Presence, Neurons, and the Internet

Presence, neurons, and the internet: these concepts are intimately related in an unsuspecting and unfavorable way which might concern you, if in your pursuit of authenticity, you practice presence.

Contemplative traditions consider the practice of presence the sine qua non (“without which nothing”) of spiritual unfolding. The Tibetan Dzogchen master, Namkhai Norbu, for example, considers presence to be “the ultimate” practice.

Presence could be considered the unreactive resting of awareness in the experience of the moment-to-moment experience of the Now. Initially the practice of presence requires sustained voluntary attention. Ideally and impossibly, we would be in presence uninterruptedly throughout the day. Yet, unless you are a master, inevitably distractions will interrupt your attention leading you to not be present.

The internet and your neurons relate directly to your capacity to practice presence. To understand how they relate, it’s helpful to know of the relatively new science of neuroplasticity. Perhaps you think, as once I did, that your brain stopped developing when you reached physical maturity. Not so!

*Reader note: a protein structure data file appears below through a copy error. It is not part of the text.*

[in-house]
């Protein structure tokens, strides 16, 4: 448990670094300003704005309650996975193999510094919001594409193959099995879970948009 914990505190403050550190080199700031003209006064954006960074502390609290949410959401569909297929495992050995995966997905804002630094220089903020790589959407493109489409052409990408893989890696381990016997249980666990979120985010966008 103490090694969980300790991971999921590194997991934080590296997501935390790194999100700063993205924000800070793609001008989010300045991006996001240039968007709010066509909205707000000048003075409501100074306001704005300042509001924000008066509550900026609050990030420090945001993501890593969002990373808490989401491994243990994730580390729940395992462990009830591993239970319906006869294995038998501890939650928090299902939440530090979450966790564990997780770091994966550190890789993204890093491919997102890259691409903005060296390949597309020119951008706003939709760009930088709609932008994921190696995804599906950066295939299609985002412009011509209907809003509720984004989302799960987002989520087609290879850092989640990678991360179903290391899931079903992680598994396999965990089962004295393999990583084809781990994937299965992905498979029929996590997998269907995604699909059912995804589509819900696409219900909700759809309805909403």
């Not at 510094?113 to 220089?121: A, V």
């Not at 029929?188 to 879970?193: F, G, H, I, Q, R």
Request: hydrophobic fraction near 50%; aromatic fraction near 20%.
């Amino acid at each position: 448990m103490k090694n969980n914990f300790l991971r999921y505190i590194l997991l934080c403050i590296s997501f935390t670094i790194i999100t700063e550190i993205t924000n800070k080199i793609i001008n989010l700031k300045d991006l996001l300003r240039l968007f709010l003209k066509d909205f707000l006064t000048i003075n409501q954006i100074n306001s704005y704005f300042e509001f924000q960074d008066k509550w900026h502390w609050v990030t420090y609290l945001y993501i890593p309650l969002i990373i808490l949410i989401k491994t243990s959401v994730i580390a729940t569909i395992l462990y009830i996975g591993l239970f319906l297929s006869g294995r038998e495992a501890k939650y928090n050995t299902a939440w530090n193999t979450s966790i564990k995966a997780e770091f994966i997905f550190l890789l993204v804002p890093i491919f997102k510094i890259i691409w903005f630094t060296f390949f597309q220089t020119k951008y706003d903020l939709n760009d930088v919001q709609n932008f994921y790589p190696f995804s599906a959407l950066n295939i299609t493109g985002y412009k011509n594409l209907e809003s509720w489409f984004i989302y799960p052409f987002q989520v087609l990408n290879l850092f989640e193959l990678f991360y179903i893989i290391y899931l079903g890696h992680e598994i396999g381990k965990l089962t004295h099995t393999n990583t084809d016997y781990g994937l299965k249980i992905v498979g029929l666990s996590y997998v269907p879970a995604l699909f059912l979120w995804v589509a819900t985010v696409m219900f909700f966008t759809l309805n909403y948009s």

Your brain matter changes incessantly. Your ongoing experience, knowledge, and behavior can generate new synaptic connections between neurons, atrophy others, and even create new neurons. Such changes in brain structure can be as immediate as within a second of exposure to a stimulus.

But not all brain matter changes are good. Numerous research studies now report that internet usage actually alters your brain matter in ways which result in a decreased ability to think deeply, to comprehend reading matter, to form long-term memory, and… to sustain focus or attention (just what is required for the practice of presence).

Yes, the internet does have some favorable impacts on brain matter: it enhances visual acuity and eye-hand coordination. While that’s a questionable plus for the advance of civilization, joystick operators of military drone aircraft and their victims may benefit from less civilian “collateral damage”. Additionally governments who benefit from unthinking populaces will be pleased also.

If you wonder why you’re not reading as many books as you used to or you wonder why you find it difficult to read long internet articles, perhaps the net has zapped your brain (and this is reversible). Of course, not just the internet, but all media and sources of distraction augment our increasing inability to sustain attention. If you are interested in learning more about the impact of the internet, read “The Shallows: What the Internet is Doing to Our Brains” Nicholas Carr (2011).

Of course the internet offers genuine benefits which we will want to balance with our concern for presence. If you wonder how to enhance your practice of presence, perhaps a practical start might be to curb your exposure to distractions by limiting the amount of time you spend surfing the internet and limiting the number of times a day you download email.

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